So, I built him a LED light bar. I took a piece of leftover oak, added a push button switch, 4 ultra bright white LED's from Radio Shack, appropriate resistors, and a 9V battery connector and holder. It provides really good illumination for each lane and doesn't have the heat buildup issue of incandescent bulbs.

Sorry, no pics.


Randy Lisano
Romans 5:8

Awana Grand Prix and Pinewood Derby racing - Where a child, an adult and a small block of wood combine for a lot of fun and memories.

John Shreffler
Merchant
Merchant
Posts: 154
Joined: Wed Feb 04, 2004 9:32 pm
Location: Vienna, VA
Contact:

Re: Phototransistor sensitivity question

Post by John Shreffler » Wed Feb 18, 2009 10:01 am

Your photosensor has peak response at 870 nm, so it helps if the emitter is also putting out that light wavelength. For example using Digikey's HSDL-4250-ND should help immensely. Also, only that portion of the light cone that actually hits the sensor does any good. So go for narrow beam focus. The 4250 has 15 degree half power points, which is fairly narrow.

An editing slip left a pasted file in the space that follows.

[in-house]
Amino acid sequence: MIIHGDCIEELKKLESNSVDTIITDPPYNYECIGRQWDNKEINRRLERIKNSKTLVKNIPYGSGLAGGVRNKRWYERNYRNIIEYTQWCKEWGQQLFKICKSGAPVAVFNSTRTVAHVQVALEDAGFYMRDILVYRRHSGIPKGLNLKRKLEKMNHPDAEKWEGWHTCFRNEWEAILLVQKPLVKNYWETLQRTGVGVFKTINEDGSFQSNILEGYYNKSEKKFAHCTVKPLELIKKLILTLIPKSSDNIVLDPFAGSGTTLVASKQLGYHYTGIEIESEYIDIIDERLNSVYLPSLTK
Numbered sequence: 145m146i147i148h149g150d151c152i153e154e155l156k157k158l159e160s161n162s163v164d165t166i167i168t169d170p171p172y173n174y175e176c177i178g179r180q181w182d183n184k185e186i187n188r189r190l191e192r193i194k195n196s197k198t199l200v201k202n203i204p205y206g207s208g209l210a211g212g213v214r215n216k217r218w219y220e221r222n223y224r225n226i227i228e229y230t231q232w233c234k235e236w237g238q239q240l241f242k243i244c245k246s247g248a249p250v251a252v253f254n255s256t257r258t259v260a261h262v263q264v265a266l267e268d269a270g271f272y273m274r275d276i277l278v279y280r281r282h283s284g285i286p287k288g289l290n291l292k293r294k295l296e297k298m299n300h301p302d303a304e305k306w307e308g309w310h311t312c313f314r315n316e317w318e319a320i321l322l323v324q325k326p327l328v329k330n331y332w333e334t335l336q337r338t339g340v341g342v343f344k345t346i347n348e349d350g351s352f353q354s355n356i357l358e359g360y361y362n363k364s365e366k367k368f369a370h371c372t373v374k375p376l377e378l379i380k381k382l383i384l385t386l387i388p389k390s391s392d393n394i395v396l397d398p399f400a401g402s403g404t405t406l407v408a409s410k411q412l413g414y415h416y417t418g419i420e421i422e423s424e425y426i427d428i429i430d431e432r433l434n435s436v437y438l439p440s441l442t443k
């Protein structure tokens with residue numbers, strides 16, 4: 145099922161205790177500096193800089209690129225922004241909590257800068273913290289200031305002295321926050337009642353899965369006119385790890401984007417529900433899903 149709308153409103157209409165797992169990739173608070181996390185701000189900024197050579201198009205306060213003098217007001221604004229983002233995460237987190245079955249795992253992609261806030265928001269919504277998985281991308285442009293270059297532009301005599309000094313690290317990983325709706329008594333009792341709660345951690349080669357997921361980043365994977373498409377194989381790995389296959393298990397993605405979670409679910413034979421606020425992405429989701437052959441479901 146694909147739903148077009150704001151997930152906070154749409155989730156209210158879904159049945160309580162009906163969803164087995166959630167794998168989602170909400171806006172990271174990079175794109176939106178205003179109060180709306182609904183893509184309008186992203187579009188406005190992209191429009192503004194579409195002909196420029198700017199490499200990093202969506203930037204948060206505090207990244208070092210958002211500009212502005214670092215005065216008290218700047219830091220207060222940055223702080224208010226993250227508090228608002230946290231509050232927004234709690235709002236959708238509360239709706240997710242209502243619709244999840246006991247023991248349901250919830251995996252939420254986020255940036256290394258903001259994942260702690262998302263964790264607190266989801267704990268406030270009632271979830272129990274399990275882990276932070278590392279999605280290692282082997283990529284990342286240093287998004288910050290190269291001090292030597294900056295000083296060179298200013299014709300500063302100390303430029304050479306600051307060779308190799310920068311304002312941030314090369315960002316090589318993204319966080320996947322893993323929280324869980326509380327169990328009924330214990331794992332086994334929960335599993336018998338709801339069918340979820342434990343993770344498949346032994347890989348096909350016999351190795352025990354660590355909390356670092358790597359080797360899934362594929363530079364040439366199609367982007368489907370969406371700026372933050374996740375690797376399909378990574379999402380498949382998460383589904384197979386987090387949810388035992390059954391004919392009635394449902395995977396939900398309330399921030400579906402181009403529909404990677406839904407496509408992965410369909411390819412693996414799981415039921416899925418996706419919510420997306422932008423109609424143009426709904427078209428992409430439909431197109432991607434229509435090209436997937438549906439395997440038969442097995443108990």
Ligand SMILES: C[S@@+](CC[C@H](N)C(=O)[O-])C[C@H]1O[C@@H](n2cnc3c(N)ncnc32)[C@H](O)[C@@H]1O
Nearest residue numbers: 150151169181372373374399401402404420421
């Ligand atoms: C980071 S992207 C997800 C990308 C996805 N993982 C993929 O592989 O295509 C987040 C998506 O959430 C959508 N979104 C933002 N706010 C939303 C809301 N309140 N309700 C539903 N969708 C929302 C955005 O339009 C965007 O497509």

The higher the resistor value, the higher the sensitivity. The downside is that high sensitivity gives slower response time. But if all lanes have identical circuits, that is not very important. I use 22K, which is a good trade off. It gives reliable operation with 7 inches separation.

Putting the sensors at the bottom of a deep tube does not do any good, and has drawbacks. The light bounces around inside the tube and makes for a mushy, rather than sharp shadow. The extra distance needs to be overcome. Put the sensor right up at the track surface. As long as you are operating under flourescent room lights, there is no problem.


John Shreffler
Maker of The Judge

steve547
Apprentice
Apprentice
Posts: 7
Joined: Sat Feb 14, 2009 6:52 am
Location: Oregon, USA